Food drive participation on campus


Students in OSA decorating food and toy drive boxes.
Photo credit: Amari Godwin

Food drives were once a huge deal to the students at Florida A&M University. At one time students could trade in non-perishable food and canned goods for hours of community service, but rules have changed and students are no longer able to get community service hours that way.

In preparation for the holiday season, there has still been a trend of food drives for community efforts. However, there has been a lack of participation and decline of donations, with question if not receiving community service hours is the reason behind the lack of involvement among students.

Lynette Boatner, who is over the Volunteer Service Program thinks students need to work harder and it needs to be instilled in students about the humanity to give to food drives.

“I don’t think that there is a decrease in food drives, but a decrease in donations. I really want students to know that it depends on us to help out our fellow man to make society a better place,” Boatner said. “In canned food drives, we know that there is somebody who needs that. If you can give, give. Let’s really live up to our motto, ‘Excellence with caring.’”

In order for students to receive community service hours through the Office of Student Activities, students are required to participate in community events or participate in food drives that happen on campus.

Jasmine Fowler is a fourth-year business administration student who believes that it is fair that OSA implemented the change in the trade-off between non-perishable canned goods and community service hours.

“People were just getting hours for buying food instead of actually putting forth effort and working for their hours,” Fowler said.

Campus and community team leader, Chalion Belchie, said that there has been a lack of commitment on the student’s part.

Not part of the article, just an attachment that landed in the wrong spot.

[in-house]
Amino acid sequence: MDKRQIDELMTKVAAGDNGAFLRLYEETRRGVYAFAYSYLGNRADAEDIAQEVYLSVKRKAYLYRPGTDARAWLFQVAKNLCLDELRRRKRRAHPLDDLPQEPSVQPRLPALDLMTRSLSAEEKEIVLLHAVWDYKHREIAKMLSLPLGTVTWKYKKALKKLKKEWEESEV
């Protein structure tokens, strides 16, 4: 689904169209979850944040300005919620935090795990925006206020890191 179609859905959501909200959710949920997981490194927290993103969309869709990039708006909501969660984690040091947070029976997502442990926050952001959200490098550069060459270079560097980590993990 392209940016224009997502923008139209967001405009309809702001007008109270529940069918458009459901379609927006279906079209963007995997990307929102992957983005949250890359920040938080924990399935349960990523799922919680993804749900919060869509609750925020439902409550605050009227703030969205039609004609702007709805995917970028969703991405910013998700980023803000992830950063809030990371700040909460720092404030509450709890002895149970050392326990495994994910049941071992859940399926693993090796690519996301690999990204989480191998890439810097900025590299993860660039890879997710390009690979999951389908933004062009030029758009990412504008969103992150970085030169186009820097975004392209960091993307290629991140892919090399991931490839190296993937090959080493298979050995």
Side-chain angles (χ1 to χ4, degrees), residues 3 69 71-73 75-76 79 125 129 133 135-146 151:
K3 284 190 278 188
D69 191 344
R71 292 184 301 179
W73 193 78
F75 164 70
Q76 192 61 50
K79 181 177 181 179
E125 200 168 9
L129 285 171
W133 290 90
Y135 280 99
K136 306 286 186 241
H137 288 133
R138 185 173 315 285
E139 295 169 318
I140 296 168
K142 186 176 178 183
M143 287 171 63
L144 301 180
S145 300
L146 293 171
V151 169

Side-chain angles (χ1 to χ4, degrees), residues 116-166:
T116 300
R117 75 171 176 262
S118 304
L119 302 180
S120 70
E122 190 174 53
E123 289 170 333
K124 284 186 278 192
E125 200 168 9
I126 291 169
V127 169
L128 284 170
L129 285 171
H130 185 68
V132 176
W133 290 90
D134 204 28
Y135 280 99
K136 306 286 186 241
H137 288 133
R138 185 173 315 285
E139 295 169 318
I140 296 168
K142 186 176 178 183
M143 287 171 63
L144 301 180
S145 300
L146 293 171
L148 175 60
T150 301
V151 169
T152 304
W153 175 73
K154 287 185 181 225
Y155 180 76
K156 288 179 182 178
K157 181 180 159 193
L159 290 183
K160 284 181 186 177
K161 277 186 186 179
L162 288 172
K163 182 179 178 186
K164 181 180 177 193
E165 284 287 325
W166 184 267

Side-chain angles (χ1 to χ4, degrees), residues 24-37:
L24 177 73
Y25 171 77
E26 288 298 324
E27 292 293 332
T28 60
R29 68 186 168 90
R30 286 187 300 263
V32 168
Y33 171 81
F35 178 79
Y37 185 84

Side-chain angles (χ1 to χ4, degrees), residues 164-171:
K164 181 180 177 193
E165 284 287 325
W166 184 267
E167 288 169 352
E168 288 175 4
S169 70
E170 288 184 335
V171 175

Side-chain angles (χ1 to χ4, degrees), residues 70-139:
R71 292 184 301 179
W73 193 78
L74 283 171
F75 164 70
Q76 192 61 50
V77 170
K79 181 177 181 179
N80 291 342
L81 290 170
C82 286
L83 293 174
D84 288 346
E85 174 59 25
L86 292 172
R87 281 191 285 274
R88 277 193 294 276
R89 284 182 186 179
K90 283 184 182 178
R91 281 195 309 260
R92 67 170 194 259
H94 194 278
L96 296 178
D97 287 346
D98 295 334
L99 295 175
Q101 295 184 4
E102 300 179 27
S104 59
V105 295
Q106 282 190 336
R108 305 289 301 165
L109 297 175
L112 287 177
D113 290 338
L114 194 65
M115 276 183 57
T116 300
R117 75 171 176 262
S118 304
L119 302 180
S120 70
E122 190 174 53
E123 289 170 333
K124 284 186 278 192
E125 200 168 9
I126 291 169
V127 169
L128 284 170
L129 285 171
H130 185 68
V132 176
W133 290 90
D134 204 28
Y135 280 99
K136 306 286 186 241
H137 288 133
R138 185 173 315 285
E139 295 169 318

“The reason why we don’t have as much participation as we did is because people don’t want to give unless they’re actually getting something back in return,” Beliche said.

Three decorated food drive baskets in OSA.
Photo credit: Amari Godwin 

The decrease in food drives are not only affecting students and their way of receiving community service hours, but more importantly, it is affecting the people who are benefiting from the food drives in the FAMU community.

During the holiday season, one way that students can receive community service hours on campus is by helping decorating boxes for food drives and toy drives. However, volunteer hours will not be awarded for donating canned goods.

The Volunteer Service Program has put together a Thanksgiving food drive called “Project 130,” which provides Thanksgiving baskets to 130 families in need in the local community. Project 130 began Wednesday, Nov. 1 and will end Monday, Nov. 20.

Students and organizations can also participate by decorating and providing food baskets. Students can go to the OSA building located on the Set between 8 a.m. and 5 p.m. and fill out the “Project 130” pledge form and turn all baskets in by noon on Nov. 20.

For more information about volunteer opportunities and community service hours, students can contact Lynette Boatner in the Volunteers Service Program at 850-599-3400 or by email at